2020 News & Events

New insight into the impacts of Earth's biosphere on air quality

9 September 2020
adapted from the story by University of Minnesota Communications

satellite image of Earth

A new study led by a team of University of Minnesota researchers, with CSL/CIRES co-authors, provides the first global satellite measurements of one of the most important chemicals affecting Earth's atmosphere.

Isoprene is a natural hydrocarbon emitted to the atmosphere in vast quantities—approximately 500 billion kg per year—by plants and trees. Isoprene is chemically reactive, and once in the atmosphere it combines with human-caused pollutants to adversely affect air quality. Isoprene also reacts with the main atmospheric oxidizing agent – called OH radicals – and therefore reduces the capacity of the atmosphere to scrub itself of pollutants and greenhouse gases.

Scientists look to atmospheric models to predict current and future atmospheric composition and air quality, as well as to diagnose the atmosphere's ability to remove greenhouse gases and air pollutants. But isoprene emission rates are highly uncertain due to sparse ground-based measurements, and scientists are also unsure of the extent to which isoprene acts to suppress or sustain the abundance of OH radicals in the atmosphere.

Now, researchers have developed the first-ever global measurements of isoprene from space. Using observations from the Cross-track Infrared Sounder (CrIS) sensor on Suomi NPP, a NOAA operated satellite, researchers developed a retrieval method that uses machine learning to determine the atmospheric concentration of isoprene over different parts of the world. They combined these measurements with atmospheric modeling to test current scientific understanding of global isoprene emissions and of how isoprene affects atmospheric oxidation. The research was published today in the journal Nature. CIRES scientists Joost de Gouw and Carsten Warneke are co-authors on the paper.

"Isoprene is one of the most important drivers of global atmospheric chemistry," said lead author Dylan Millet, a professor in the University of Minnesota's Department of Soil, Water, and Climate. "These satellite measurements provide new understanding of how Earth's biosphere and atmosphere interact."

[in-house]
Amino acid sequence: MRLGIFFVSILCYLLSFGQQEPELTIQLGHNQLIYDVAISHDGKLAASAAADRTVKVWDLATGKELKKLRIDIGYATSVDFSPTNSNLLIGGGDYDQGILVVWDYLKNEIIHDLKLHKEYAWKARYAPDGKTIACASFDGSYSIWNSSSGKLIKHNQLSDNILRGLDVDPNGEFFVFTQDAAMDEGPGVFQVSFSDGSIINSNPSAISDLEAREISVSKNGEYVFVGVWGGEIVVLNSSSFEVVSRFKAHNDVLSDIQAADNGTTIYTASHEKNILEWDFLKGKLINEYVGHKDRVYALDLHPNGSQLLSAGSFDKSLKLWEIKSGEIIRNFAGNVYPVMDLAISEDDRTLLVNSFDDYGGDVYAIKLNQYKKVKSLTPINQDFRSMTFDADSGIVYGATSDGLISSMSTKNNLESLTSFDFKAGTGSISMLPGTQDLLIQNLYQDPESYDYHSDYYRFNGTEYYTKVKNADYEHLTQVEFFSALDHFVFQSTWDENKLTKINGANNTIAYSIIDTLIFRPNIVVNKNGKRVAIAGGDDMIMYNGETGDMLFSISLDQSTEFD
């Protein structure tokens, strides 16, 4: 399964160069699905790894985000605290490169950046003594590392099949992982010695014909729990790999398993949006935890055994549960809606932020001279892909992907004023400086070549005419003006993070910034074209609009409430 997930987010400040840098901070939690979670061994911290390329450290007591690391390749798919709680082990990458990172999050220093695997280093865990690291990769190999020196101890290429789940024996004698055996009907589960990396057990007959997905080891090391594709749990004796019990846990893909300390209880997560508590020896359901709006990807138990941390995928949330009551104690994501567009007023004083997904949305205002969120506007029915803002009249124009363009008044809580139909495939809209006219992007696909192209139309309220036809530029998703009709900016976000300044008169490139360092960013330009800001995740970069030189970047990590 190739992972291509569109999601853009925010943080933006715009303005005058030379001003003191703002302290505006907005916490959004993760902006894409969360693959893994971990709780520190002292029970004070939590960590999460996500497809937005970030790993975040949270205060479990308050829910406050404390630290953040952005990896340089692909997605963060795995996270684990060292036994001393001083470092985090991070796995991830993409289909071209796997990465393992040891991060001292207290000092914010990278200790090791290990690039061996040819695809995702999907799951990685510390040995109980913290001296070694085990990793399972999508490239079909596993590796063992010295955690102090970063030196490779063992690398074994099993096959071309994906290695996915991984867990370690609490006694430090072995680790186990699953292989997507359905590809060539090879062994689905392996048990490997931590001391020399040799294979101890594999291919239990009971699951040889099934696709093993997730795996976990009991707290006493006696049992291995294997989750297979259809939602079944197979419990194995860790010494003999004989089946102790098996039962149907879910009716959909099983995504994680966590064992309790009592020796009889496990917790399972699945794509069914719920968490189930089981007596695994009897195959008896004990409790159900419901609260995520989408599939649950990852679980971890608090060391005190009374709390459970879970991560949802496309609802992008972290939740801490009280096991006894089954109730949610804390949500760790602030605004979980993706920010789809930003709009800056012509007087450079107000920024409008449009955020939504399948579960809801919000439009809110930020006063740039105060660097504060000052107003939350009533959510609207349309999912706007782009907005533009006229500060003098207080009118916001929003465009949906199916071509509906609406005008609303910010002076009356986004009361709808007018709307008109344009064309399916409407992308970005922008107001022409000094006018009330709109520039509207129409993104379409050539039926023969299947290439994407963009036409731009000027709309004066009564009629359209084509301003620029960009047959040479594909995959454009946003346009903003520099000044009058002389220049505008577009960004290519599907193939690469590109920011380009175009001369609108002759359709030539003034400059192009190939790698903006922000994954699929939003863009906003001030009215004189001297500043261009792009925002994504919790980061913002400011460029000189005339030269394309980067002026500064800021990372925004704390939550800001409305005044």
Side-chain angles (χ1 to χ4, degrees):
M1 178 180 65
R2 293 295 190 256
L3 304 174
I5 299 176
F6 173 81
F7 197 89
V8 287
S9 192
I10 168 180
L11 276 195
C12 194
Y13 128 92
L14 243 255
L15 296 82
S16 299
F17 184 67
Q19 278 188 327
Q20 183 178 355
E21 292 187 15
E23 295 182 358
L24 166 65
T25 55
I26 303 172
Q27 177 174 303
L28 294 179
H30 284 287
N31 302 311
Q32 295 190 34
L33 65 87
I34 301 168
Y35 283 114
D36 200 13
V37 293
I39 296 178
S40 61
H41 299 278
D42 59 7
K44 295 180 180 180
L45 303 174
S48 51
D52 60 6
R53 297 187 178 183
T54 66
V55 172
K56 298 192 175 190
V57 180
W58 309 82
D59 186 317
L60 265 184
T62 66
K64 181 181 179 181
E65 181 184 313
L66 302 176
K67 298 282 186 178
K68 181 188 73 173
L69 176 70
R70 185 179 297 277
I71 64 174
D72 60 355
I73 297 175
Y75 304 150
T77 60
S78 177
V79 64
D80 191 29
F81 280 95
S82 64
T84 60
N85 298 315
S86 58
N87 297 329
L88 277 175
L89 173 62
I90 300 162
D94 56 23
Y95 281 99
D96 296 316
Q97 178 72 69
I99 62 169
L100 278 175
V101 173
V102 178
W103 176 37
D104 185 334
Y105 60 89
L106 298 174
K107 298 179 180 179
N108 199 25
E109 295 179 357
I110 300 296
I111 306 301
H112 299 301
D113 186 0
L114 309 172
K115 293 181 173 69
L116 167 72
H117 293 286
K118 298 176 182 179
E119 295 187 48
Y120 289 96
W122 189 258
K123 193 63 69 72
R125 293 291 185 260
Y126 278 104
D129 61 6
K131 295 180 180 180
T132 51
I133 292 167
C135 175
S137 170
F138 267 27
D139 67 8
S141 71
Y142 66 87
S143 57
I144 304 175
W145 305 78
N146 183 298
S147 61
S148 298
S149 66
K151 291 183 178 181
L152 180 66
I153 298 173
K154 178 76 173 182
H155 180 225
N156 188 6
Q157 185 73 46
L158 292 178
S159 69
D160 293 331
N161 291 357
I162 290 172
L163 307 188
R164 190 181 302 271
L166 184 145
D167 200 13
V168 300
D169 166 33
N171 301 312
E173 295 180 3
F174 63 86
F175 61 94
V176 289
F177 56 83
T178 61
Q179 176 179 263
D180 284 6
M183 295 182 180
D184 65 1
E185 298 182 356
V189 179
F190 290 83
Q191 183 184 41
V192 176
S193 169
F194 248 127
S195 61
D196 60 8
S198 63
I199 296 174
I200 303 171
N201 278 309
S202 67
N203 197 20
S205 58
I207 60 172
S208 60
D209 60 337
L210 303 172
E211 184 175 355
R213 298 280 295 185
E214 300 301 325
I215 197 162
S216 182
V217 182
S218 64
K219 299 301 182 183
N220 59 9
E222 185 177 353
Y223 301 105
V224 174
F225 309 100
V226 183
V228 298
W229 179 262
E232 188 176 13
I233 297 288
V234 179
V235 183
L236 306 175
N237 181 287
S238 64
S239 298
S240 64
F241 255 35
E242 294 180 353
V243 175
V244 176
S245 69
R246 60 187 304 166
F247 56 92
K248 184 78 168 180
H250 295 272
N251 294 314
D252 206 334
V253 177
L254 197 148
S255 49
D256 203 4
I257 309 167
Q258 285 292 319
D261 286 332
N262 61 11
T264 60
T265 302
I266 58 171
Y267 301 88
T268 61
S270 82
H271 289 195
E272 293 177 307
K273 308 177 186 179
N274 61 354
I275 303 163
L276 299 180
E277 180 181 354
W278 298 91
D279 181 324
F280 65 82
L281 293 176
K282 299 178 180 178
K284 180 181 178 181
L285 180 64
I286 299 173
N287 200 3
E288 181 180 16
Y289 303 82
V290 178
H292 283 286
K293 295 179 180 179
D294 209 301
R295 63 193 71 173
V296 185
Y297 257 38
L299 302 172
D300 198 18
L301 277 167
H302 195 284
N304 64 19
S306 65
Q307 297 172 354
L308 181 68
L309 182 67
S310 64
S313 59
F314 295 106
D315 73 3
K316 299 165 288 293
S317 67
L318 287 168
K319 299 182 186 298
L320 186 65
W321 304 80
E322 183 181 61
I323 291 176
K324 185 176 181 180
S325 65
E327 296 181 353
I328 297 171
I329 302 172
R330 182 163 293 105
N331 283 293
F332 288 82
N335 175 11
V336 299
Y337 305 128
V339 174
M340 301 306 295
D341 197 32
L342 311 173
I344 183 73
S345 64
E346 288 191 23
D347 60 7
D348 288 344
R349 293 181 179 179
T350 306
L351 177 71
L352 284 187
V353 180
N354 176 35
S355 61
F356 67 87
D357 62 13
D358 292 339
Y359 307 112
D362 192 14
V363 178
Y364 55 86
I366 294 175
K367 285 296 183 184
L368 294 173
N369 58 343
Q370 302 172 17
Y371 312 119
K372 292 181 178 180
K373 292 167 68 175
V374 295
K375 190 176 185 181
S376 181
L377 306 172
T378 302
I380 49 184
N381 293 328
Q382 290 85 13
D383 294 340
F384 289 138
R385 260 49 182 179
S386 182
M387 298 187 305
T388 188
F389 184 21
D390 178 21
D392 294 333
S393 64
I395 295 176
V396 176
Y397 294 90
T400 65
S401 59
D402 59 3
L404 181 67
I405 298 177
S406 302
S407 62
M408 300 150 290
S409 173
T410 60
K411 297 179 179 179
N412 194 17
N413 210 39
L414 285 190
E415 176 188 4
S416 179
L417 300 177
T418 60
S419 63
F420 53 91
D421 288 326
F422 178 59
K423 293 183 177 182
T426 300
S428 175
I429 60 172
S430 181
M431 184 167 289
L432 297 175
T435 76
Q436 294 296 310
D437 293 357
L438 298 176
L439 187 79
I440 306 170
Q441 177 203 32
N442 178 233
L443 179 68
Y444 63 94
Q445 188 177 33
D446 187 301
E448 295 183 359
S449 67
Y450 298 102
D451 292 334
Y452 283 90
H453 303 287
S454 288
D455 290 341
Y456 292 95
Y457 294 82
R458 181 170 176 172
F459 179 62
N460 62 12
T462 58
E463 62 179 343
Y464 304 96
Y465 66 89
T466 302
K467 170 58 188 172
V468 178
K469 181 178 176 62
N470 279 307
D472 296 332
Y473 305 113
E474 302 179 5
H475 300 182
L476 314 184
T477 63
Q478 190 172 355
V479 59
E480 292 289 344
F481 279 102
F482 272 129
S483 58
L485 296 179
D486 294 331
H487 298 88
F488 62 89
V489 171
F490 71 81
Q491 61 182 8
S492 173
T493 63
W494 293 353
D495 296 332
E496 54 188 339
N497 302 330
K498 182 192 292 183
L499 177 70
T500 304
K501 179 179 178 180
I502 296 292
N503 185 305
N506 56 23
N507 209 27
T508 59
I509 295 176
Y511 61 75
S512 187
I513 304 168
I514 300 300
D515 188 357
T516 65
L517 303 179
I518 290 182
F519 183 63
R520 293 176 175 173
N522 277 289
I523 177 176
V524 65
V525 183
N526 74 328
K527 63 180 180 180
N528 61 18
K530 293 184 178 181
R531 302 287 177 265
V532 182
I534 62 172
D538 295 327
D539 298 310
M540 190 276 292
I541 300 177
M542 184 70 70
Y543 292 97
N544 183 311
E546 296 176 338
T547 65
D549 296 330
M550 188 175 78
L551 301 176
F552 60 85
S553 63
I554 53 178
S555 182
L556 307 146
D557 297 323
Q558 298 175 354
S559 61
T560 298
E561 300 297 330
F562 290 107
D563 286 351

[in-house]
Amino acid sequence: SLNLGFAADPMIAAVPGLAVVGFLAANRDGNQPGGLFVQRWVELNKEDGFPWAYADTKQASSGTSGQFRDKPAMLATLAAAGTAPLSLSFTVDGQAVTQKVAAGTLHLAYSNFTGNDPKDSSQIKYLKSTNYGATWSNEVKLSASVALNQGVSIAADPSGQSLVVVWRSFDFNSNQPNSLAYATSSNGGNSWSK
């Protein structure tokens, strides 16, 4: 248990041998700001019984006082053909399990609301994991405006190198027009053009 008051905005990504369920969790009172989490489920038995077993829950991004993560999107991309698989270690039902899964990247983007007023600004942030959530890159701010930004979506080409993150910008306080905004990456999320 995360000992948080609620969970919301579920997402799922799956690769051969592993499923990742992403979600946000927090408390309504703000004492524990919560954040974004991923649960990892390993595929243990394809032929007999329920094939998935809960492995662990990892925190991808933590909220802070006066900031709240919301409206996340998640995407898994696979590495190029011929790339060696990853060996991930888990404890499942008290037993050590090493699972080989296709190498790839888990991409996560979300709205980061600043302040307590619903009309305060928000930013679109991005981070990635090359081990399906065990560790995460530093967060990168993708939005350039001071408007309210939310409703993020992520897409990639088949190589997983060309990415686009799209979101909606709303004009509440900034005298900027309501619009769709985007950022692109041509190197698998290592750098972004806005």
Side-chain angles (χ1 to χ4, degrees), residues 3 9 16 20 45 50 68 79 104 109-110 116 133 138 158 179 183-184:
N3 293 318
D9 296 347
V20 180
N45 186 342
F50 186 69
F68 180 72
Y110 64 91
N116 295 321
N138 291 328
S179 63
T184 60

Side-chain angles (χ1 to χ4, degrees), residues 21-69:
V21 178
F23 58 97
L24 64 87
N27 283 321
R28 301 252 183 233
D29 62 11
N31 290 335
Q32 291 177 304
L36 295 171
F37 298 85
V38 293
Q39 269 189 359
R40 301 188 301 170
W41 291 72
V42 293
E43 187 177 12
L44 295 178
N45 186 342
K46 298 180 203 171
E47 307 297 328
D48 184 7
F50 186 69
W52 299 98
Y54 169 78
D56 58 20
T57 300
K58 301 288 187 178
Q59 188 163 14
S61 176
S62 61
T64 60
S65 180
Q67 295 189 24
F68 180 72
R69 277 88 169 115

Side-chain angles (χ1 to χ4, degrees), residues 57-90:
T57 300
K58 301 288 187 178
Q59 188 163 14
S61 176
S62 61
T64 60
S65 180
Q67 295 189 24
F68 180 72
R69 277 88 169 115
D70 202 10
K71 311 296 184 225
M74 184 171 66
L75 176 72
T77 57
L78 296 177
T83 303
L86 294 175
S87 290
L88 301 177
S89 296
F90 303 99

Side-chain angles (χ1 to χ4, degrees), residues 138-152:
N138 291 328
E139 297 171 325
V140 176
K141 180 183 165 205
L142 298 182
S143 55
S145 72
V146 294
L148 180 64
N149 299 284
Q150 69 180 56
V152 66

Wells, K.C., D.B. Millet, V.H. Payne, M.J. Deventer, J.A. de Gouw, M. Graus, C. Warneke, A. Wisthaler, and J.D. Fuentes, Satellite isoprene retrievals constrain emissions and atmospheric oxidation, Nature, doi:10.1038/s41586-020-2664-3, 2020.


Isoprene is the dominant non-methane organic compound emitted to the atmosphere. It drives ozone and aerosol production, modulates atmospheric oxidation and interacts with the global nitrogen cycle. Isoprene emissions are highly uncertain, as is the nonlinear chemistry coupling isoprene and the hydroxyl radical, OH – its primary sink. Here we present global isoprene measurements taken from space using the Cross-track Infrared Sounder (CrIS). Together with observations of formaldehyde, an isoprene oxidation product, these measurements provide constraints on isoprene emissions and atmospheric oxidation. We find that the isoprene–formaldehyde relationships measured from space are broadly consistent with the current understanding of isoprene–OH chemistry, with no indication of missing OH recycling at low nitrogen oxide concentrations. We analyse these datasets over four global isoprene hotspots in relation to model predictions, and present a quantification of isoprene emissions based directly on satellite measurements of isoprene itself. A major discrepancy emerges over Amazonia, where current underestimates of natural nitrogen oxide emissions bias modelled OH and hence isoprene. Over southern Africa, we find that a prominent isoprene hotspot is missing from bottom-up predictions. A multi-year analysis sheds light on interannual isoprene variability, and suggests the influence of the El Ninño/Southern Oscillation.